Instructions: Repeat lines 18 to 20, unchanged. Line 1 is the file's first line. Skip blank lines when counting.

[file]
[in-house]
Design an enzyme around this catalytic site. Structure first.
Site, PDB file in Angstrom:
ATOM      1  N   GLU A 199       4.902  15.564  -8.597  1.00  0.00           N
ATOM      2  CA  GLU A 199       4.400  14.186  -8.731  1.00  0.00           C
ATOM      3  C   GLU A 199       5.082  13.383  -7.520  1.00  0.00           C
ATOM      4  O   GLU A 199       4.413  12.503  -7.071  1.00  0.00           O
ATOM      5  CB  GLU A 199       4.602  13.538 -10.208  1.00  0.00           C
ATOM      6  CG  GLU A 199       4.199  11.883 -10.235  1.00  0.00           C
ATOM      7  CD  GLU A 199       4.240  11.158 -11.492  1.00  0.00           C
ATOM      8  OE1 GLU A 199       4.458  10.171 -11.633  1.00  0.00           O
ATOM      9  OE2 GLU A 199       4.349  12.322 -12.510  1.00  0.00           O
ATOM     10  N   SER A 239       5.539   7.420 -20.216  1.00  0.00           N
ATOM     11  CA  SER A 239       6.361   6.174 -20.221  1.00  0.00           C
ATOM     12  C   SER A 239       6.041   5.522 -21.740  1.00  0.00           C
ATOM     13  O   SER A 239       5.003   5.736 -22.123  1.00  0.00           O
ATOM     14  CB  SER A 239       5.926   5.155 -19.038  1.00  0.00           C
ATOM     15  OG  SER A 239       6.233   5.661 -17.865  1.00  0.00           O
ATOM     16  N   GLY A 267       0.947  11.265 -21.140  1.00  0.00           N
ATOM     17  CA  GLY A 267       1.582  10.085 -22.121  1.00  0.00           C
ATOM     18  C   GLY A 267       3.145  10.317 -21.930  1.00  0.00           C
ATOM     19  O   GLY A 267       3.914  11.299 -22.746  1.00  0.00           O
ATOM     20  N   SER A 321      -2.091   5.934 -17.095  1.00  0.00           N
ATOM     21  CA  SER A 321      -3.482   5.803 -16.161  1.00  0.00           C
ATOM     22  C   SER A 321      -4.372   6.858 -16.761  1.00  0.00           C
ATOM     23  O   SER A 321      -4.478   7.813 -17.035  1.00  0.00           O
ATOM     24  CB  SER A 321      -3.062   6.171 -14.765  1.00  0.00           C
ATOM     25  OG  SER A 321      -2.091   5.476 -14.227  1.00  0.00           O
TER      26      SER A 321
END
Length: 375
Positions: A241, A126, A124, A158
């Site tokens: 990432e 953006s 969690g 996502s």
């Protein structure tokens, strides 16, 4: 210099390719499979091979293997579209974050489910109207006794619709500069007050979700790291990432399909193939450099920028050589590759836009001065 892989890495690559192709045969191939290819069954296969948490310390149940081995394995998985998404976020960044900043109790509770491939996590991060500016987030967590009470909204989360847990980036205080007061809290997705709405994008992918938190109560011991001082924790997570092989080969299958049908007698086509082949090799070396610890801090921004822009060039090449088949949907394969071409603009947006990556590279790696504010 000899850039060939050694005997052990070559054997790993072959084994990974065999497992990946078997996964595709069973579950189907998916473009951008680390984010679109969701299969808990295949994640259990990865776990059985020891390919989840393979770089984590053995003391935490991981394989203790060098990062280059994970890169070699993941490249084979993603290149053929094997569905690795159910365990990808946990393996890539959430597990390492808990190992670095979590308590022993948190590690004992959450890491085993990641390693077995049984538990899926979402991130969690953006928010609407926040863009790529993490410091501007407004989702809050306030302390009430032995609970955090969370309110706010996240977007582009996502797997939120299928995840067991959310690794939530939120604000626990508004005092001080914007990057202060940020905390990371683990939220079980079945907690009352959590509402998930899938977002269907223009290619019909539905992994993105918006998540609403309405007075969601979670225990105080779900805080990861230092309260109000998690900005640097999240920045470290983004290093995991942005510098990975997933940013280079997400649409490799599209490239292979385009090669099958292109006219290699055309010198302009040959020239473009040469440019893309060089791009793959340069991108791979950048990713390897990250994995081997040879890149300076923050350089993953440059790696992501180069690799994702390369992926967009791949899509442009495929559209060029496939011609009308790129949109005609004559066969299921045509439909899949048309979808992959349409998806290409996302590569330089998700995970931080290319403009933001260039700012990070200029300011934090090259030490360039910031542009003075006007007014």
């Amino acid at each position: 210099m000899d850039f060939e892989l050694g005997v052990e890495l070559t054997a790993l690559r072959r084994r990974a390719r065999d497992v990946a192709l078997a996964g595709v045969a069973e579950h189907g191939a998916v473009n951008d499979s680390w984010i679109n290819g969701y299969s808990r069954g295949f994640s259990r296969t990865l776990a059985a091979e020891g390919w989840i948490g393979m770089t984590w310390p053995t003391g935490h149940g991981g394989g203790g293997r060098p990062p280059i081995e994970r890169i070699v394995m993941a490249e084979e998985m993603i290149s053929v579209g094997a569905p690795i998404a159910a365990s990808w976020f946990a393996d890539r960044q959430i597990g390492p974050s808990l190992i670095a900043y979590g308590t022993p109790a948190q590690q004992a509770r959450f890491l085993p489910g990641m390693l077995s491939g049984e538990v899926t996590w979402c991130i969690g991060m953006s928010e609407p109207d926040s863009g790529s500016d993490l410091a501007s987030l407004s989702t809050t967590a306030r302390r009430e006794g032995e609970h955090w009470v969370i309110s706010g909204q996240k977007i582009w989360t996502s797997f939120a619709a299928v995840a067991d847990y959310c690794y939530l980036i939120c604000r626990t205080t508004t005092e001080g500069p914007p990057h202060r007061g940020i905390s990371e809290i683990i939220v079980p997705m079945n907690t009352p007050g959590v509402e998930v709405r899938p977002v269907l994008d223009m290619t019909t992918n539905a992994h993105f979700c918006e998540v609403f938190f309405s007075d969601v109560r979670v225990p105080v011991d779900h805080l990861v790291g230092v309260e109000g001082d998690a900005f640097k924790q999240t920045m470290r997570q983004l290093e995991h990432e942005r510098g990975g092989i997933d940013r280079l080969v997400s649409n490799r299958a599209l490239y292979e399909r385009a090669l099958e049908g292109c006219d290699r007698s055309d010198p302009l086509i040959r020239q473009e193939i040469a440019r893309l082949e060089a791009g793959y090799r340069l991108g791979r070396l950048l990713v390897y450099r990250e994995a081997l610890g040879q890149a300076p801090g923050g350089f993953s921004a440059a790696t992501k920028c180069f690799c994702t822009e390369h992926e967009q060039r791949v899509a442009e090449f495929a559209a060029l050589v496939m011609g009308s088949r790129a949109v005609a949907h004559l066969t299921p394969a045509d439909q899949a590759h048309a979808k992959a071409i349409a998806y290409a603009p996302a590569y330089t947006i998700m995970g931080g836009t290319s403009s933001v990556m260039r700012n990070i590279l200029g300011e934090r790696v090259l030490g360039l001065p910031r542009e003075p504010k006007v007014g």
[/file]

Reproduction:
ATOM     15  OG  SER A 239       6.233   5.661 -17.865  1.00  0.00           O
ATOM     16  N   GLY A 267       0.947  11.265 -21.140  1.00  0.00           N
ATOM     17  CA  GLY A 267       1.582  10.085 -22.121  1.00  0.00           C